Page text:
TMJaw has defined TMJ arthritis as “active inflammation in the TMJ.” TMJ arthritis can be assessed only by gadolinium-enhanced magnetic resonance imaging (MRI) to view the active component of synovial fluid and tissue enhancement. In the absence of signs of active TMJ arthritis on MRI, patients may still have TMJ involvement, defined as “clinical and/or radiological abnormalities presumed to be the result of previous TMJ arthritis.”4
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Explore This IssueApril 2020
Other imaging techniques used to display the TMJ, such as ConeBeam computed tomography (CT), ultrasound, orthopantomogram or lateral cephalographs, cannot provide answers regarding TMJ arthritis.
TMJ arthritis can present in any patient with JIA, and the TMJ can be involved at any time of the disease course. Occasionally, the TMJ may be the only joint involved.6
Difficulty remains in knowing how to efficiently diagnose and monitor TMJ arthritis. Many clinicians perform an MRI at disease onset, and if it’s normal repeat the MRI if the patient reports any symptoms or there are relevant findings during clinical examination.
MRI evaluation needs to be performed by a radiologist aware of the normal appearance of the joint during the course of the child’s development. Kellenberger et al. have developed a pictorial atlas depicting the TMJ’s normal and abnormal appearance for different ages.7 If the MRI shows TMJ arthritis and treatment is started, clinicians can repeat the MRI three to six months later, depending on expected treatment effect.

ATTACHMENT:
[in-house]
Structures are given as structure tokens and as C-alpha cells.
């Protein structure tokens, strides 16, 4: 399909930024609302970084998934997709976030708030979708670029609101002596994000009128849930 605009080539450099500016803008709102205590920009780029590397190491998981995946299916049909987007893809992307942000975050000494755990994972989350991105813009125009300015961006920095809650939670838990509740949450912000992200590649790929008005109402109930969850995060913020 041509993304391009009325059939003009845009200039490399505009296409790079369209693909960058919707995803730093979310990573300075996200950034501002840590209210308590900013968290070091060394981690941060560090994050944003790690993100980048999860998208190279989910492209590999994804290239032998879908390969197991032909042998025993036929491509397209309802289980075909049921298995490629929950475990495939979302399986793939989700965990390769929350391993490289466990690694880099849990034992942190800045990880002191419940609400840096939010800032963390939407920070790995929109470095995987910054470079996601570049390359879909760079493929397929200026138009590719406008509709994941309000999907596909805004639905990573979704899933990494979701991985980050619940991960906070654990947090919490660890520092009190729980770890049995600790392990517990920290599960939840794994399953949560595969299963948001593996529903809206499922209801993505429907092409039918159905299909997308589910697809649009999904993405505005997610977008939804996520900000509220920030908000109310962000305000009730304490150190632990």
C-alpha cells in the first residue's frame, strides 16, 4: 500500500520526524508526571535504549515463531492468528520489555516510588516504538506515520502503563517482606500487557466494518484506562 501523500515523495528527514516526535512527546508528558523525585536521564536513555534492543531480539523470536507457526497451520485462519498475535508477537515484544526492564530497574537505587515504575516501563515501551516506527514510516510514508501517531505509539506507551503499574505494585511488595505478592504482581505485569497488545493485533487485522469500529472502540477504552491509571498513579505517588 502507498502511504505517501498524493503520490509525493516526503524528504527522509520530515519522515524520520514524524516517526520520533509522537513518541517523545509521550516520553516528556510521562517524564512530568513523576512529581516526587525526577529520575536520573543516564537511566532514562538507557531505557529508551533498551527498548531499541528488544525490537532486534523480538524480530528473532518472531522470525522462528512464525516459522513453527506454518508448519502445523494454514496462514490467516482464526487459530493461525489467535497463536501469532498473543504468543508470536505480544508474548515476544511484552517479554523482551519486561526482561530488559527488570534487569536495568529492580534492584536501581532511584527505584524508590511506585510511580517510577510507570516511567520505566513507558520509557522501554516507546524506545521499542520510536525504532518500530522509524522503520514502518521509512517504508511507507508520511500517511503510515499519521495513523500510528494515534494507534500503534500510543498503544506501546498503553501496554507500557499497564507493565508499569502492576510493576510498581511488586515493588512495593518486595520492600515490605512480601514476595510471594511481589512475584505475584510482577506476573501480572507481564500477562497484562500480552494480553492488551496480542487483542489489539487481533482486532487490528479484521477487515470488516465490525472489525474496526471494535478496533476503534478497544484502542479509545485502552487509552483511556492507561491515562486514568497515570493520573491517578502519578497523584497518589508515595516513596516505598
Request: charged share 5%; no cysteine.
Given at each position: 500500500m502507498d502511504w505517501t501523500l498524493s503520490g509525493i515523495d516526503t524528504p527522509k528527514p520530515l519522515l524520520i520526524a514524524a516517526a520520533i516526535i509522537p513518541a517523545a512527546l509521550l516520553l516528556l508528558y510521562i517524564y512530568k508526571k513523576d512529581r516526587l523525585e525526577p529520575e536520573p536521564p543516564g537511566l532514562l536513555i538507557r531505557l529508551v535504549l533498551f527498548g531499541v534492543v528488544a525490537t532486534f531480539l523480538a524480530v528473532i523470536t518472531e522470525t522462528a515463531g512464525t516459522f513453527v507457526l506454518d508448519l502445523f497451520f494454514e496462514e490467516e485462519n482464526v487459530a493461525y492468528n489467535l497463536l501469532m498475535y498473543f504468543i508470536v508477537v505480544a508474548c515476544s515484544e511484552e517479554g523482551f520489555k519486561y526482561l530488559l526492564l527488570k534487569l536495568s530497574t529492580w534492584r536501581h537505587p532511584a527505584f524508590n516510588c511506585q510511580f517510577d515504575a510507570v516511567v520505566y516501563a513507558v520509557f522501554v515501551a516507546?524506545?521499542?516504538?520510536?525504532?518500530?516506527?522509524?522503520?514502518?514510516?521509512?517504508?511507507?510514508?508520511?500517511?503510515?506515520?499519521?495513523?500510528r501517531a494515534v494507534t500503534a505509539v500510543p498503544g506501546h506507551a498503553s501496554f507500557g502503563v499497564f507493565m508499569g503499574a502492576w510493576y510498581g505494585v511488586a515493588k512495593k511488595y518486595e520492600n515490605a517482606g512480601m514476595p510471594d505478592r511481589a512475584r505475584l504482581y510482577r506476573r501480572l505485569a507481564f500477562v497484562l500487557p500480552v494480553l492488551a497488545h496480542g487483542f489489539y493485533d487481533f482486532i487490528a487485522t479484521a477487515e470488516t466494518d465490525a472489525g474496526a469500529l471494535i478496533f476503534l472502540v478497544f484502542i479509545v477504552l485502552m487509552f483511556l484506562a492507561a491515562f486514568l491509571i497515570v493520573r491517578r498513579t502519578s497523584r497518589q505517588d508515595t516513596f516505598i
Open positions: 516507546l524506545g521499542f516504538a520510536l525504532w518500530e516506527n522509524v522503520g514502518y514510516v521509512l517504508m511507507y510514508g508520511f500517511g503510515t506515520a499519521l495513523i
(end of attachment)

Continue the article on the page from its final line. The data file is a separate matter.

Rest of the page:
No studies have been performed to determine the perfect follow-up period for the MRI. The patient’s age and need for sedation, costs and clinical consequences have to be taken into account. More research on less invasive diagnostic tests is necessary to be able to continuously evaluate this joint.
Another dilemma: Arthritis-induced orofacial signs and symptoms may persist in patients without current MRI findings of TMJ inflammation. Also, dentofacial deformity may progress in well-treated patients. A clinical orofacial examination is an important aspect of the full-body examination of JIA patients. The TMJaw group has published clinical orofacial examination recommendations for monitoring patients in clinical practice and research studies to ensure the TMJ is examined during every clinical visit with a JIA patient.1 These recommendations include obtaining a complete medical history and assessing for the presence of orofacial symptoms. The clinical examination should include palpation of the TMJ and masticatory muscles. The orofacial function evaluation should include assessment of TMJ function (maximal mouth opening and movement) and assessment of facial morphology and symmetry.1